Many houses which are ripe for refurbishment are understandably in poor decorative order (which was the case on our Ferryhill House project). It can be difficult to see past floral 1970s carpets, avocado bathroom suites but lurking underneath dated decor could be the fabric of a building ripe for renovation.
Decor is temporary, but is the first thing to make an impression on you when visiting a potential project. Everyone has different taste, so try to see beyond cosmetic appearance, and imagine a space with your own personal style.
As well as trying to see past the surface level of decor, it can sometimes be difficult to see beyond the current layout or design of a building – even those you know well. We always start from the position that anything is possible, and don’t allow our preconceptions of an existing building to obscure potential solutions (read more on our design process here).
It’s also important to realise that with a renovation project it’s rare to find that no elements of the existing building should be retained. One of the first things we do when designing a renovation is determine which areas of the existing building have merit, and this allows us to quickly isolate and discard elements which may prevent the home working properly. These are often non-original additions, made in a hap-hazard manner, without considering the impact on the building as a whole.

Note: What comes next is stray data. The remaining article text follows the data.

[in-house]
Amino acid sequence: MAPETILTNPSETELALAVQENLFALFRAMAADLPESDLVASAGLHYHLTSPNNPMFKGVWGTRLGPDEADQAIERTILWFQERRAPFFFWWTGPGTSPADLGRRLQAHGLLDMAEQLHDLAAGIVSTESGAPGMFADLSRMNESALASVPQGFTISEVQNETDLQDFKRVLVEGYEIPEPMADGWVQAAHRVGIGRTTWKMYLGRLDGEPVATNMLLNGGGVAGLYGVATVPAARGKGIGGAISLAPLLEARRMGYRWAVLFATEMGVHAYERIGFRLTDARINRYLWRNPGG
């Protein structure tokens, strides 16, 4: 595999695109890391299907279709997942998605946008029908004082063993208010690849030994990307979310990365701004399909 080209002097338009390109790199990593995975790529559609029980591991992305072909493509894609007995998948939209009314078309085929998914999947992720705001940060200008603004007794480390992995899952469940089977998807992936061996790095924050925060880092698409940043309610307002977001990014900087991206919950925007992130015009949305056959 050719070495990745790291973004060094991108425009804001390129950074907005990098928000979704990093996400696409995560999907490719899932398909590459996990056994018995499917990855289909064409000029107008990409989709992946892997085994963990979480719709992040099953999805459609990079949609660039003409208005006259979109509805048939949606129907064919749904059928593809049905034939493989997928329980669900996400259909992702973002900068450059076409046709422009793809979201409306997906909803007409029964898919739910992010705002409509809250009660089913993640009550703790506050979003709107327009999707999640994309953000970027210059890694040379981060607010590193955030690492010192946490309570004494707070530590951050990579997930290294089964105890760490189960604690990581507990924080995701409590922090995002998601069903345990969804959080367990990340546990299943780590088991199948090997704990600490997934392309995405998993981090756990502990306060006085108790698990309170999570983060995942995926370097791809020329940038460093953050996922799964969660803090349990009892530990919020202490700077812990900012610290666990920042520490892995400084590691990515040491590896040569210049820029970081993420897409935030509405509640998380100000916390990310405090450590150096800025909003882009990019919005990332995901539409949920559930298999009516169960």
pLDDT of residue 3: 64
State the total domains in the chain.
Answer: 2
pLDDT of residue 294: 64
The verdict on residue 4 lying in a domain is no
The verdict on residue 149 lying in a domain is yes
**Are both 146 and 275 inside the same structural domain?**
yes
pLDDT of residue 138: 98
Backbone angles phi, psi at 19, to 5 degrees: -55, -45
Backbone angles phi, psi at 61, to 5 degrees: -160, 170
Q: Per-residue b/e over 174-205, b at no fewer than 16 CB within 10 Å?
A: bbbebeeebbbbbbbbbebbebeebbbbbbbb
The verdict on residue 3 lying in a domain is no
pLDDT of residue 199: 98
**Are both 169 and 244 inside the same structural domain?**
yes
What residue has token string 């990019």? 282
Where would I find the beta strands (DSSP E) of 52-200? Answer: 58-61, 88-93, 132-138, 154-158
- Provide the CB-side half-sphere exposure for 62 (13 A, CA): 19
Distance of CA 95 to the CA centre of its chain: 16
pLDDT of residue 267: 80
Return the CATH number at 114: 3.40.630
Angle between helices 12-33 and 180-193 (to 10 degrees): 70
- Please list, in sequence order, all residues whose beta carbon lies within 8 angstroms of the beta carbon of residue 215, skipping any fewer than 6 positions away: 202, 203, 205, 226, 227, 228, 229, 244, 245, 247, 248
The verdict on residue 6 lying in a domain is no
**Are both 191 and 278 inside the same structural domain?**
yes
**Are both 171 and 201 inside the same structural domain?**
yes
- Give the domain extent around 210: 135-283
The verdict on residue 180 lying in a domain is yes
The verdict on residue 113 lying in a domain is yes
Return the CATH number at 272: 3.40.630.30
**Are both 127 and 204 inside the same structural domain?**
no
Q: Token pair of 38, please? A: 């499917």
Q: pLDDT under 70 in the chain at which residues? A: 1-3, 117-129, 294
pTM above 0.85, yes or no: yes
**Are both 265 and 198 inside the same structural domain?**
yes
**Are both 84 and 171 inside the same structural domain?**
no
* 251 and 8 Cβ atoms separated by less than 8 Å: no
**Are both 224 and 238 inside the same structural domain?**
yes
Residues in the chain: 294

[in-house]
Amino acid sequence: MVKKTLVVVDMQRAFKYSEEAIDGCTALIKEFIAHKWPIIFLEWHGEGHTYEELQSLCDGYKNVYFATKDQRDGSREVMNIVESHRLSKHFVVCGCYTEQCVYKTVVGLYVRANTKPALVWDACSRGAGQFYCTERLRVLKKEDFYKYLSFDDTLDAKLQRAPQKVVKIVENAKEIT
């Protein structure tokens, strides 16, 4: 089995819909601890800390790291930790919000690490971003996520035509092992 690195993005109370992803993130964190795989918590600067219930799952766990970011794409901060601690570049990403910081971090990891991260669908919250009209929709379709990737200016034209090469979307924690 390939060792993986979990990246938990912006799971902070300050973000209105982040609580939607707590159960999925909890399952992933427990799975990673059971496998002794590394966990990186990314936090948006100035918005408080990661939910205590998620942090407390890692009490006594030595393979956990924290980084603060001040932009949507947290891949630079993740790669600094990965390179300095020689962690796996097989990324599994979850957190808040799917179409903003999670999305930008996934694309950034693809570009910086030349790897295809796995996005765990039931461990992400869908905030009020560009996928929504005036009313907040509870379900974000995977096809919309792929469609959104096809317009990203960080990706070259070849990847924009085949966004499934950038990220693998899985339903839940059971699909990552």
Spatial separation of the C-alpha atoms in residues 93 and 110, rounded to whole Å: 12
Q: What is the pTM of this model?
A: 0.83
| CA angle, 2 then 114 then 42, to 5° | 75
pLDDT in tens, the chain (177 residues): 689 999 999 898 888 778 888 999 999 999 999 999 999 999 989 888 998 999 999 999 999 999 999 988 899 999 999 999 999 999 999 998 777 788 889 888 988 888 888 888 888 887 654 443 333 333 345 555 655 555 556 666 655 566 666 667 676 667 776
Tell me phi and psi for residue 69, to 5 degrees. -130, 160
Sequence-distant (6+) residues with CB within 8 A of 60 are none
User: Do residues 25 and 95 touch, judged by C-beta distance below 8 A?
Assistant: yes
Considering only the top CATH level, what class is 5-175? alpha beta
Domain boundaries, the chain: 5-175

It’s important to consider the atmospheric qualities of a house (such as light, shadow, materiality, proportion, etc), and not rely only on floorplans when assessing a renovation, as these additional traits often provide existing buildings with character. These qualities must be considered whilst developing renovation proposals, in order to ensure that the new and retained elements of the house combine to form a coherent home.
If there’s one element not to scrimp on when it comes to renovating your home it’s replacement windows and doors.
Don’t be tempted to consider uPVC units, which have unfortunately long been the dominant window type on the market. uPVC is bad for the environment, cheap and impossible to repair. The myth has always been that these windows are the most cost-effective option, however this doesn’t take whole-life costing into account. There is also a misconception regarding uPVC windows being ‘maintenance free’, as they degrade with exposure to ultraviolet rays from the sun, emitting toxic gases such as vinyl chloride in the process.
Options available for replacement windows range from timber units (with traditional arrangements available for period properties), to alu-clad (a timber window with an aluminium covering externally to reduce maintenance), to fully aluminium windows. Choosing the right kind of window for your project is important, and a marriage of cost vs performance (both thermal and aesthetic) should always be sought. In most cases the property value increase gained from replacing dilapidated windows with new units will be in excess of their cost, before even considering the savings to be gained from reduced heating bills due to better thermal performance.
Please be sure to see the second part of this guide which will be published next week, and which will deal with insulation, heating, approach to valuation, procurement routes, and insurance.